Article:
Som pas is practiced according to the hierarchical arrangements. The gesture is believed to be higher when greeting someone elderly or of excellent status, with the fingertips pointing higher and touching the chin or the nose. This tradition is also followed when apologizing or requesting a favor.
3. Do Dress Decently
One of the most important things to do once you reach the unique cultural land is to dress appropriately. Modest and decent dress is the rule in Cambodia, where you must avoid wearing t-shirts and tight pants with revealing patterns. Although the hot weather and extreme temperatures will keep long pants or dresses away from your wardrobe, you are expected to cover as much skin as possible.
Especially concerning women, a Cambodian person should dress conservatively without any provocative detail. When you visit temples or enter a government building, always try to wear decent clothing. Even though tourists wear shorts and short-sleeved shirts, and have caused the local dress to be flexible, keep decency in mind, especially while entering sacred grounds.
4. Do Take Off Shoes And Hats
As much as Southeast Asian houses are concerned, always take off your shoes before entering the house. Asian families either roam bare feet or wear in-house slippers inside the house. However, you can wear them if the family asks you to do so.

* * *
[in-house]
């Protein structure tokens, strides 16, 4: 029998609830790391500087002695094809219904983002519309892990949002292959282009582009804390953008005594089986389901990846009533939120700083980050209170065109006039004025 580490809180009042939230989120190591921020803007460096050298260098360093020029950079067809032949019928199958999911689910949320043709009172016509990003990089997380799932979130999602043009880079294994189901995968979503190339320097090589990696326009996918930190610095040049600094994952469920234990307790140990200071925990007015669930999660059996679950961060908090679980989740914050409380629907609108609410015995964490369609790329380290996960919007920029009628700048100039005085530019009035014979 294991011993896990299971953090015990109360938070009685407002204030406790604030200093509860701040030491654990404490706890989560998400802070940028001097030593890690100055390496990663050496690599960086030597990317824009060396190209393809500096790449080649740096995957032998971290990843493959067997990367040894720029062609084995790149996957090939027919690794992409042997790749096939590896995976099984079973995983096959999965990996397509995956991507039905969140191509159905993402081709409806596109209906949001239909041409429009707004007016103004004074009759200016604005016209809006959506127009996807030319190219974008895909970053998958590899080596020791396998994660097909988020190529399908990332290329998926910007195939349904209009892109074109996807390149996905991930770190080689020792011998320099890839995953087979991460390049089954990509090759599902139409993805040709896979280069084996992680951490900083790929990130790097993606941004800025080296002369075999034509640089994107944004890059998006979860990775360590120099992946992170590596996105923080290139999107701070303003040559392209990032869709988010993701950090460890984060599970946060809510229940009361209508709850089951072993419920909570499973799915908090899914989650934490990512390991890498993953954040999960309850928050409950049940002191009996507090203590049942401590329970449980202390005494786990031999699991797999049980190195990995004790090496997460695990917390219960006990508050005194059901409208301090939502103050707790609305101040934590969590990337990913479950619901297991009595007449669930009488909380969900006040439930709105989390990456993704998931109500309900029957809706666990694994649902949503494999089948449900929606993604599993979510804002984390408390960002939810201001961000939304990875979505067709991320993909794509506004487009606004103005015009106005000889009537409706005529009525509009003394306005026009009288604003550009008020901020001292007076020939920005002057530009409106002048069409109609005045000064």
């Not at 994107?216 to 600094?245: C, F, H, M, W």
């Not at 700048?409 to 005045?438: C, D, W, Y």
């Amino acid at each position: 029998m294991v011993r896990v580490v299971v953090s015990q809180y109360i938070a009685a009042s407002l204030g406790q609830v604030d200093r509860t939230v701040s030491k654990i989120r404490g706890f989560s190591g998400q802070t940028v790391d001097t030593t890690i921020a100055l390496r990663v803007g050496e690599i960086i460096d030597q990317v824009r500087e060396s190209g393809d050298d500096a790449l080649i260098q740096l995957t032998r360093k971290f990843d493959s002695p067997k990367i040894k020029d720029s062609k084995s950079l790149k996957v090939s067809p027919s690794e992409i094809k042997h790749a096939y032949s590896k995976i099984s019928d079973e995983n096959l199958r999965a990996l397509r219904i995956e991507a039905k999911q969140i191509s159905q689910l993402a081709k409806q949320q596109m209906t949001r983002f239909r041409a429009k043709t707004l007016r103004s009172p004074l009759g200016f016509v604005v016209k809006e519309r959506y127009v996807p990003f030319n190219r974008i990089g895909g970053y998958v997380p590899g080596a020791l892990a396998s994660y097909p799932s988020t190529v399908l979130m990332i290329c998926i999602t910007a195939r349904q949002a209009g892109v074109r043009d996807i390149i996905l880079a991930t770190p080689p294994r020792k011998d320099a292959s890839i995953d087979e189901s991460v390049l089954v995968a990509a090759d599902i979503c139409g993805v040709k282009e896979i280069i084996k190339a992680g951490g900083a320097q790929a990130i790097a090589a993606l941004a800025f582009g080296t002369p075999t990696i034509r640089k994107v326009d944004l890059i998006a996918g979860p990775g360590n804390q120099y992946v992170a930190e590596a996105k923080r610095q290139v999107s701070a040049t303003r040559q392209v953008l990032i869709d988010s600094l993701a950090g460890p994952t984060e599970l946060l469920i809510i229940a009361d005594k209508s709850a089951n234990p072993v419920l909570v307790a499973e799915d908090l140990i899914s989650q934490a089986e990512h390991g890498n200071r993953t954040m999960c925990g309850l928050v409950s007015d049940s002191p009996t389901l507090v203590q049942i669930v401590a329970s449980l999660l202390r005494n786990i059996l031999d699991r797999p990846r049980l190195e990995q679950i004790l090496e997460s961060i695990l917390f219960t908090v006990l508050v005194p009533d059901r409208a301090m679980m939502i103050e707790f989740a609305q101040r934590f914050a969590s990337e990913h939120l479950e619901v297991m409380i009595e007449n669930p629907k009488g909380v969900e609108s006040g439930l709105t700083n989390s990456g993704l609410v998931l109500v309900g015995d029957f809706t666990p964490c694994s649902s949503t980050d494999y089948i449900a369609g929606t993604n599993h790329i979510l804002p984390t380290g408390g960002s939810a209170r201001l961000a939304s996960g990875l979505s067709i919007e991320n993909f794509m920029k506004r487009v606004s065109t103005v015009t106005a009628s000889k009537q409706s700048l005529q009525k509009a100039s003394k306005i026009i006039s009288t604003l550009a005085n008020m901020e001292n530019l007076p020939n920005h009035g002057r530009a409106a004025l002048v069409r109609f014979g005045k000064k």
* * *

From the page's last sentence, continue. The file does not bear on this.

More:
Another place that you must take your shoes and hats off is while visiting temples. Cambodians are deeply religious, and impure acts are not accepted when it comes to their temples and pagodas. Always keep them outside and remove your hats to show respect and maintain decorum. To make it convenient for yourself, try wearing flip-flops that are easy to remove and wear.
5. Do Learn The Language
If you want to have a native experience, it is important to go local. Cambodians appreciate when travelers learn their language and participate in local language conversations. Also, many Cambodians address people with native phrases when they see newcomers. They will likely be touched and welcome you more respectfully if you reply and engage with them in the Khmer language.
6. Do Manage Your Routine
Another essential tip for a local experience is to follow the local men routinely. And by that, we mean waking up early and resting mid-day. Since Cambodia is a hot and humid country, locals always wake up early to meet their ends because afternoons can be extremely humid and tiring. If you want the best of the country, make sure you wake up early so that by 8 am, you will have a full swing of market strolls, temple visits, sightseeing, and more.
7. Do Be Careful Around Buddhist Monks